Left-hand pizzicato is not as common but it is used on several occasions. This technique requires you to lift the bow from the strings and then pluck the string usually with your fourth or third finger. In beginner repertoire, this is mostly used for open strings but it’s not limited to that in advanced pieces. You might also use one of the other two fingers but this is even rarer.
Left-hand pizzicato is distinguished in music notation by placing a small cross above the desired note. You can see it in a few bars of the Polish Dance by Edmund Severn.
Rarely, you might see violin players hold the violin in their hands like a banjo or ukulele and play pizzicato with their thumb. This is not common, especially in orchestra repertoire, and it is only used when there’s pizzicato throughout the piece, and mostly as a visual effect. This is much easier to perform as the other fingers are not as strong. A “quasi guitara” indication might be there to show you how to perform the pizzicato.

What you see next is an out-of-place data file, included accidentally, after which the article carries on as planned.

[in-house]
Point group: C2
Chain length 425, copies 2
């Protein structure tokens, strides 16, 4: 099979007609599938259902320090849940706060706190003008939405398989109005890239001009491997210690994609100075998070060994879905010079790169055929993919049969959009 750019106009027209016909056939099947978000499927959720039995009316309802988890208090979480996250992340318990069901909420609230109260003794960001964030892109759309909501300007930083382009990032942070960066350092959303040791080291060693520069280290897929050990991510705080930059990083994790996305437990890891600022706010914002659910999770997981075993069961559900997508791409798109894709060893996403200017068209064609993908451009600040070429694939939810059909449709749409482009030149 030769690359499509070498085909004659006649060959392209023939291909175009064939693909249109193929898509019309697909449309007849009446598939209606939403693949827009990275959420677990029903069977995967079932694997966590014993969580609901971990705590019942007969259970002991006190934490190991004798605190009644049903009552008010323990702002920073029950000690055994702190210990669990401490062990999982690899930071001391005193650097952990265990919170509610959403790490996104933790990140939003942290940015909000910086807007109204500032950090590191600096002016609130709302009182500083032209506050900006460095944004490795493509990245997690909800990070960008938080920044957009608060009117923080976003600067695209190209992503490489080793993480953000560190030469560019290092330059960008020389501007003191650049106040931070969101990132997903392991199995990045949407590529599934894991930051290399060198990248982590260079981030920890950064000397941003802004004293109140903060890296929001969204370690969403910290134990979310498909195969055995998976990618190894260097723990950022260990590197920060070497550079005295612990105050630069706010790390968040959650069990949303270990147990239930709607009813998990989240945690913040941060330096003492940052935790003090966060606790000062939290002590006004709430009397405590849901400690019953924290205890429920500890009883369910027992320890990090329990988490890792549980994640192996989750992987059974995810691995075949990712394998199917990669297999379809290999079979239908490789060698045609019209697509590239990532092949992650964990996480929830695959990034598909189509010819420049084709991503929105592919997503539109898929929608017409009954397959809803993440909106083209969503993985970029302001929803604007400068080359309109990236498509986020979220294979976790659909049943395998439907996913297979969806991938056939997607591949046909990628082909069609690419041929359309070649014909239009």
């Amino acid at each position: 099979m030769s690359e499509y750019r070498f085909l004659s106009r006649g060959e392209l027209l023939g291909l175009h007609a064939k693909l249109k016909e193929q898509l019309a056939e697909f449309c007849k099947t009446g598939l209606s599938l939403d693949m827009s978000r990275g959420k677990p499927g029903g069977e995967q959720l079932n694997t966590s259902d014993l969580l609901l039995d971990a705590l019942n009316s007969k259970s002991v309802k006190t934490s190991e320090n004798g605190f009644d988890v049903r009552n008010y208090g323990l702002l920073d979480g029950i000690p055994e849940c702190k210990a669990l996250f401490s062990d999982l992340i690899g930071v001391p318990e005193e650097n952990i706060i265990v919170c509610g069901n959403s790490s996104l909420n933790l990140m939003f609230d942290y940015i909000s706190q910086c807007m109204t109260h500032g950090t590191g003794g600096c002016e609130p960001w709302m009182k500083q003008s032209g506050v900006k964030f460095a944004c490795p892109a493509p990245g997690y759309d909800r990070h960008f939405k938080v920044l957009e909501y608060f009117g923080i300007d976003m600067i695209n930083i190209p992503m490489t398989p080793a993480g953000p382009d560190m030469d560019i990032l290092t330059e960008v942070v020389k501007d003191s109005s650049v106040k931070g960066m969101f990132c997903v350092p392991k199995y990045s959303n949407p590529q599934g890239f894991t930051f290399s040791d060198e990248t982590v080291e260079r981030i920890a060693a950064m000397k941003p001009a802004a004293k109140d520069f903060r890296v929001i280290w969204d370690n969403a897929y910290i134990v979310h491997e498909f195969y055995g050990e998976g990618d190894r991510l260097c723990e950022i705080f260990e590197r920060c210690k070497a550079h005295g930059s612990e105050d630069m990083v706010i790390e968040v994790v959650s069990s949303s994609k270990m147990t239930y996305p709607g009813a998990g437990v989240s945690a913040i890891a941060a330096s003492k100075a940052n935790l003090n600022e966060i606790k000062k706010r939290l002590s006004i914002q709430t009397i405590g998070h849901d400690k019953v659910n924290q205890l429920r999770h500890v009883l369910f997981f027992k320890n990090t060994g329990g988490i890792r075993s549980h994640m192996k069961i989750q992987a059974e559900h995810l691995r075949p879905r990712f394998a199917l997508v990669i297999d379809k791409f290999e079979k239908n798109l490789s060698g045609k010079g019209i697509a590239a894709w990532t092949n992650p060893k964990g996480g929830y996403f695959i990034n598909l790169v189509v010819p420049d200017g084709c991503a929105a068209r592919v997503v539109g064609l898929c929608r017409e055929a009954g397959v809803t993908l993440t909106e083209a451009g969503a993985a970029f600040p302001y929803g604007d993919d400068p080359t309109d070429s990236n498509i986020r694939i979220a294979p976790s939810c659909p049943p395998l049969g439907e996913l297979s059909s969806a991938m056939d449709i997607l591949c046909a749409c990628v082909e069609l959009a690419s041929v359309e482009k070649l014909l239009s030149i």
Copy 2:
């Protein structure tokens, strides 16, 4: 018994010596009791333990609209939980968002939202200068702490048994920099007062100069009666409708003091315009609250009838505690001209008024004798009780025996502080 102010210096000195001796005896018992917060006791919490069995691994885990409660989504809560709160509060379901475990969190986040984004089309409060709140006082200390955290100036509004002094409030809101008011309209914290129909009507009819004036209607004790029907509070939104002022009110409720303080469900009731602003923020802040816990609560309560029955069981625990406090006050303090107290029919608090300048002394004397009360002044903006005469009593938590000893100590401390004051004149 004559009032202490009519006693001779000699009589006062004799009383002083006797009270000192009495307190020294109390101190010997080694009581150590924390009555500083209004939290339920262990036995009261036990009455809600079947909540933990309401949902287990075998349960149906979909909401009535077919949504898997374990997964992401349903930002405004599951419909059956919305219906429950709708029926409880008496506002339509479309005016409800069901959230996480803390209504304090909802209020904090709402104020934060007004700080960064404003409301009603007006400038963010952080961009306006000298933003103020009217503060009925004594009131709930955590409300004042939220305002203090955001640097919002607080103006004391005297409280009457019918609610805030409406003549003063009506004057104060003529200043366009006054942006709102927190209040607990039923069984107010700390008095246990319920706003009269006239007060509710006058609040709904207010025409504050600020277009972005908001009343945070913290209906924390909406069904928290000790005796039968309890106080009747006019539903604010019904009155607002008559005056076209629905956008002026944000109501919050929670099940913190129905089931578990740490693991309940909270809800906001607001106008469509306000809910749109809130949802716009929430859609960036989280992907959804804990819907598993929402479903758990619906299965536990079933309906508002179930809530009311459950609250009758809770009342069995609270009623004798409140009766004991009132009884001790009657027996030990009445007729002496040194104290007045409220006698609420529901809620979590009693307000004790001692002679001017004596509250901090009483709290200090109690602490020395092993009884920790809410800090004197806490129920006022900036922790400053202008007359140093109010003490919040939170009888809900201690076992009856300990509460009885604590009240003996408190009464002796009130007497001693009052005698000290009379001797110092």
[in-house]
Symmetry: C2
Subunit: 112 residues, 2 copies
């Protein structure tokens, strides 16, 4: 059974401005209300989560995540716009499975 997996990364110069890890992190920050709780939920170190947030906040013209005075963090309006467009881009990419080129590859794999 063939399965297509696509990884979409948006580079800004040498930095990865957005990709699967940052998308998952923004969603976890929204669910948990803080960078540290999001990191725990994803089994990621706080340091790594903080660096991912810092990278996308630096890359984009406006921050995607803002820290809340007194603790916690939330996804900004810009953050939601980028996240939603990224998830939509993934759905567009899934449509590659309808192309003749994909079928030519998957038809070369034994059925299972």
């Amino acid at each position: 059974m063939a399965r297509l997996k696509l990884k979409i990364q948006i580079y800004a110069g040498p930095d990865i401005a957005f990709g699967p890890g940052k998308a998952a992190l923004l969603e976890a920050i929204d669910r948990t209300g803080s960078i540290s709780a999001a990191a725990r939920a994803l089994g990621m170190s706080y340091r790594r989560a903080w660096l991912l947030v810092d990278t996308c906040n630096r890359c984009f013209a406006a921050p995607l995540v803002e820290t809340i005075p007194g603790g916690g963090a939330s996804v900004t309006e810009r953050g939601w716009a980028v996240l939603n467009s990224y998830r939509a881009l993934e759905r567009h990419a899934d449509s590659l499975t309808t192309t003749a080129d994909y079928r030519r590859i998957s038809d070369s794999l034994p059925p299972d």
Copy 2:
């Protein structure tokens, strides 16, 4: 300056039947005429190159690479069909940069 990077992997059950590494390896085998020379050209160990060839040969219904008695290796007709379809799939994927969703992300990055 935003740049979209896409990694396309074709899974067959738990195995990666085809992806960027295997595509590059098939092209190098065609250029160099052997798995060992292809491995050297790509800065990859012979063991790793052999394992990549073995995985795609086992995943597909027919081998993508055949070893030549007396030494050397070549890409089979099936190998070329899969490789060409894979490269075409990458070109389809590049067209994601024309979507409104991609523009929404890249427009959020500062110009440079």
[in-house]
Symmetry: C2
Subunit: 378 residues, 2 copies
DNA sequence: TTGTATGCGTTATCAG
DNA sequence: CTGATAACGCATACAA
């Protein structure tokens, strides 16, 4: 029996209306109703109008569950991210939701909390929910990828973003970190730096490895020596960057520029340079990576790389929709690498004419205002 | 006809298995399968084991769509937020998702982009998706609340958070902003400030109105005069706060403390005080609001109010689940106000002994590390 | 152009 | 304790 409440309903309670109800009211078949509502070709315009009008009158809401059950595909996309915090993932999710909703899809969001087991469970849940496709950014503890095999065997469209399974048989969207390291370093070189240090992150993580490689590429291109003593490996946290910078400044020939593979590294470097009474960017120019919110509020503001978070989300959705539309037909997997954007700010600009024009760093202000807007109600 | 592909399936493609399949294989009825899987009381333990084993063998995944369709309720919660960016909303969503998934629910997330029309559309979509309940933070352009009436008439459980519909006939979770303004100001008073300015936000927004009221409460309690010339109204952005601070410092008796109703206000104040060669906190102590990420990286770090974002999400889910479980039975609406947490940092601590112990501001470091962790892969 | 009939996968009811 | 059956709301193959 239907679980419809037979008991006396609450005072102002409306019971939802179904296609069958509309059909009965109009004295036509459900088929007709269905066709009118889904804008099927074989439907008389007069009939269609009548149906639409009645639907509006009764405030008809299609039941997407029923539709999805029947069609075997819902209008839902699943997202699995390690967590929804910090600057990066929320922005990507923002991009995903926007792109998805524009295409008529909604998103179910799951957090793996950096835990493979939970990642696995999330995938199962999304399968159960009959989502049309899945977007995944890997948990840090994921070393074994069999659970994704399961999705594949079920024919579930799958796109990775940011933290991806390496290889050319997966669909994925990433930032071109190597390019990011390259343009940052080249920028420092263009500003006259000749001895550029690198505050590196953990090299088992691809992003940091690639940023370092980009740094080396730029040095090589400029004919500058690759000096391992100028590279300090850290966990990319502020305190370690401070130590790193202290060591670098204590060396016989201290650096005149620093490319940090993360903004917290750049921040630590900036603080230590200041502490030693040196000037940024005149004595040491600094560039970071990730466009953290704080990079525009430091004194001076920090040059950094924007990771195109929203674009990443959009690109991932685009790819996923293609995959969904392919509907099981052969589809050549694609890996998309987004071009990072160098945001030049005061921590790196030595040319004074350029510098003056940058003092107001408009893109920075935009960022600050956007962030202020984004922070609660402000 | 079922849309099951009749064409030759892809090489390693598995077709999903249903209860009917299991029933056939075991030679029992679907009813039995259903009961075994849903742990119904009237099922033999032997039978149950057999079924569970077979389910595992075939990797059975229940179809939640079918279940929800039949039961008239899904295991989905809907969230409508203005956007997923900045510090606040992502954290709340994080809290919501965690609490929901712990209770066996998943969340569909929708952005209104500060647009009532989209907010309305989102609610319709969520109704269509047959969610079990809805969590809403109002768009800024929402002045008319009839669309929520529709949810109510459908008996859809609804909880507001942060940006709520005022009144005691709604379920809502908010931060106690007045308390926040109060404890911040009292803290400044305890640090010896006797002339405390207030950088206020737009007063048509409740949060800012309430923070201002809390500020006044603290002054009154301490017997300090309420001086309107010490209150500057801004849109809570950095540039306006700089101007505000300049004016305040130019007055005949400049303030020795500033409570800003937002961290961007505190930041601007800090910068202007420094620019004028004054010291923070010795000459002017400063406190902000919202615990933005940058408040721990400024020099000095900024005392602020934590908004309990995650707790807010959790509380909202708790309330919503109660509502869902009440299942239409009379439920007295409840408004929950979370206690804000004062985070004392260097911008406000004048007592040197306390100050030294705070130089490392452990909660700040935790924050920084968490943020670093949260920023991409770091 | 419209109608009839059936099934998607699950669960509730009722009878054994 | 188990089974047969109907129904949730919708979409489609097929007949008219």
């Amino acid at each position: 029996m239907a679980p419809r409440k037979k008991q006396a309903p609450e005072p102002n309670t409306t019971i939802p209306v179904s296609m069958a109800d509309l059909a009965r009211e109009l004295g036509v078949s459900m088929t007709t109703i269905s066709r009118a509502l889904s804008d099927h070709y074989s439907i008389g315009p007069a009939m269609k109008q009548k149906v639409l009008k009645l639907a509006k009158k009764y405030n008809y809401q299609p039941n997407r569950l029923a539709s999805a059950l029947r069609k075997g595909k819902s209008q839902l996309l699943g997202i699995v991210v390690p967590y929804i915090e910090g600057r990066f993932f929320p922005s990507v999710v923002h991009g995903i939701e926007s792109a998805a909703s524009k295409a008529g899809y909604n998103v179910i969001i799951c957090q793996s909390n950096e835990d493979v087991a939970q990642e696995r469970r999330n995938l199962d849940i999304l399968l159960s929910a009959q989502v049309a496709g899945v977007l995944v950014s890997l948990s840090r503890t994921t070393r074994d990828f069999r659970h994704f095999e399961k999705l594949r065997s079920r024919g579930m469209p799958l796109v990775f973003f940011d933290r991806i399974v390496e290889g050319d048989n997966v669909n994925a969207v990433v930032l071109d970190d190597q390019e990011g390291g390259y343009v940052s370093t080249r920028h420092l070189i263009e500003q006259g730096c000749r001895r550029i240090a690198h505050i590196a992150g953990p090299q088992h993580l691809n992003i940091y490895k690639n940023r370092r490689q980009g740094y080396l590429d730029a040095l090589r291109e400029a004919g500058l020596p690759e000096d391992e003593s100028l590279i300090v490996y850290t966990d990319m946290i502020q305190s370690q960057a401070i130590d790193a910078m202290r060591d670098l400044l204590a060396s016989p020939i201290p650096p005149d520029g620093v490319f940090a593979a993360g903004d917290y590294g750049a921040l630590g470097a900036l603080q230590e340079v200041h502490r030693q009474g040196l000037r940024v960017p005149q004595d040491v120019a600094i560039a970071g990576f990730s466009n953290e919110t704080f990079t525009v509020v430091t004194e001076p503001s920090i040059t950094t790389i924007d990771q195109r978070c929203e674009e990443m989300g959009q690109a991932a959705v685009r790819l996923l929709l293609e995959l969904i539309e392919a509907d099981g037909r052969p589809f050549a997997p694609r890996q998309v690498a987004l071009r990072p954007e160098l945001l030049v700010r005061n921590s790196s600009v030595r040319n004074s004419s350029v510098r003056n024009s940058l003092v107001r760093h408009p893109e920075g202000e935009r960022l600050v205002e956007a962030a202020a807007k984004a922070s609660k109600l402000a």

An even rarer technique is the nail pizzicato. Normally you pluck the string with the fleshy part of the fingertip but here, you have to do it with your nail. This is not very easy as normally violinists have short nails, and you can’t do it for loud notes cause it might hurt. The result is a more metallic percussive sound.
There’s also a very rare technique that is most famously used on Maurice Delage’s Quatre Poèmes Hindous, which is similar to what guitarists call “hammer-on”: you pluck the string and then immediately stop another note. The second note has little to no sustain so it’s rarely used, if ever. In this particular piece, it is in the cello part, as they are more qualified to play this “slurred pizzicato.”
Finally, there’s snap pizzicato, or Bartók pizzicato, where you do a normal pizzicato but you pluck the string with force so much that it snaps back on the fingerboard. Composer Béla Bartók used this a lot and that’s how it got its name.
Examples of Pizzicato in Pieces
There are a lot of music pieces that implement the pizzicato technique in its various forms. While it is a very common technique, it is used more often in the orchestral repertoire. Solo repertoire might have a passage or a couple of notes, and it is very uncommon to have a whole piece playing pizzicato but such compositions also exist.
Pizzicato in Classical Music
A good example of right-hand pizzicato is Benjamin Britten’s Simple Symphony, “Playful Pizzicato” part 2.